There’s no better time to grab a bike and hit the Centennial Trail. Perfect for beginners but interesting enough to attract more committed riders, this historic trail has a little something for everyone.
Built on the remnants of the Seattle, Lake Shore and Eastern Railway tracks, the mostly flat, easy route is an adventure and a history lesson all at once. The original train tracks were built on an ancient path cut by Native Americans travelling between the city of Snohomish and Canada. The tracks were turned to trail once more to mark the centennial of Washington State. In pieces, and over many years, the path was paved and expanded until it reached its current length of 30 miles. Those miles connect the charming antique mecca of downtown Snohomish to Arlington’s historic downtown.
Along the way, the trail hugs the banks of rivers and cuts through farm and forest in turn. Passing through towns, you’ll see toddlers finding their balance and older kids zipping ahead of their parents. Horses and dog walkers alike enjoy the adjacent natural surface trail while wheeled travelers of all types, scooters to skateboards, share the 10-foot wide, paved path.
There are around a dozen trailheads along the route, all with parking and restrooms, so you can design the journey you’d like, whether you’re looking to take in the scenic wonderland up North or you’re just hoping for a light ride with a wonderful meal at the end. The trailhead in Machias (1626 Virginia St, Snohomish, WA), just a few miles north of downtown Snohomish, boasts a sweet little playground and a charming replica of the original 1890 train depot. For families with younger children, this could prove a perfect turnaround point for a light ride. For more committed souls, the route gets increasingly beautiful and less populous the farther out you ride. While the trail does cross a few roads here and there as you pass through small towns along the way, it is almost entirely protected and you won’t find yourself sharing the road with cars. For those with the legs to do it, the entire trail can be ridden in under four hours. The scenery, the company, and the posted speed limit of 15 mph encourage a leisurely pace.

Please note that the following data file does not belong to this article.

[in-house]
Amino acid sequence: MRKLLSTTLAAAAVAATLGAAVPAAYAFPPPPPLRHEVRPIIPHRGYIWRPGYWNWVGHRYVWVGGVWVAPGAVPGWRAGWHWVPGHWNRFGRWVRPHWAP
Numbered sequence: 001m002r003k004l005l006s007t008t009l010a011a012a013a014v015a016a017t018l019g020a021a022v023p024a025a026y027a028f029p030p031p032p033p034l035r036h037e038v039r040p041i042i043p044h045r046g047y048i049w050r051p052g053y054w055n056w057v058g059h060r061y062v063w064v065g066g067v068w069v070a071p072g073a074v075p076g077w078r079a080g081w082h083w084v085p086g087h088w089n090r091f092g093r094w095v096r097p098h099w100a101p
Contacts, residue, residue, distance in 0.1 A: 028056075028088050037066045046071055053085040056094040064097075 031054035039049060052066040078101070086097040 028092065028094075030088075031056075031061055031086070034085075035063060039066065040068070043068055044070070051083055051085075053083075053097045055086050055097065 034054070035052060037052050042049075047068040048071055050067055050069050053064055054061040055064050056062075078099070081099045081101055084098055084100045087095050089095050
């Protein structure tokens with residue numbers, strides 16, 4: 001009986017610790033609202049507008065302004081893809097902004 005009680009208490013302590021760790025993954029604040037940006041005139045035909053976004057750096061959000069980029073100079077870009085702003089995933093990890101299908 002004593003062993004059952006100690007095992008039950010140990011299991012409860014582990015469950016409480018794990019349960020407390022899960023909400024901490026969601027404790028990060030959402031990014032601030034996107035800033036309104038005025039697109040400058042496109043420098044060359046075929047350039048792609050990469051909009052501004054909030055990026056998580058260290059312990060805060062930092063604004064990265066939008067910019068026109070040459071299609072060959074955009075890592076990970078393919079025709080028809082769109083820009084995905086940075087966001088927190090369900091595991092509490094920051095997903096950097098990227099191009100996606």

The route is peppered with benches and picnic tables for a quick break to catch your breath and take in the scenery. Pick up some first-class pastries before you start out from the Snohomish Bakery (101 Union Ave, Snohomish, WA) and enjoy them on route when the scenic beauty calls for it. If you begin your ride in Snohomish, you’ll no doubt be craving a burger and a milkshake by the time you roll through Arlington. Nutty’s Junk Yard Grill (6717 204th St NE, Arlington, WA 98223) has you covered on both fronts with a funky, service station vibe to boot. If you’d rather wait to fill up until you’re back in Snohomish, the aptly named Trail’s End Taphouse (511 Maple Ave, Snohomish, WA) will serve you up a delicious American brew-pub style meal with some quality beer to wash away the miles.
Those who still have the will to walk after their ride will find a lot to love with a stroll through historic downtown Snohomish. First Street runs right along the river. The road is flanked by antique shops and restaurants, cafes and curios. Grab a philanthropic pint at Center Public House (2925, 115 Ave A, Snohomish, WA), Washington’s only non-profit pub, or pop into the nearby micro-distillery, SkipRock Distillers (104 Ave C, Snohomish, WA), to taste some award-winning local spirits. When you’re done shopping, head back to your car along the river path and enjoy a walk through history, reading the illustrated plaques describing the storied history of the area.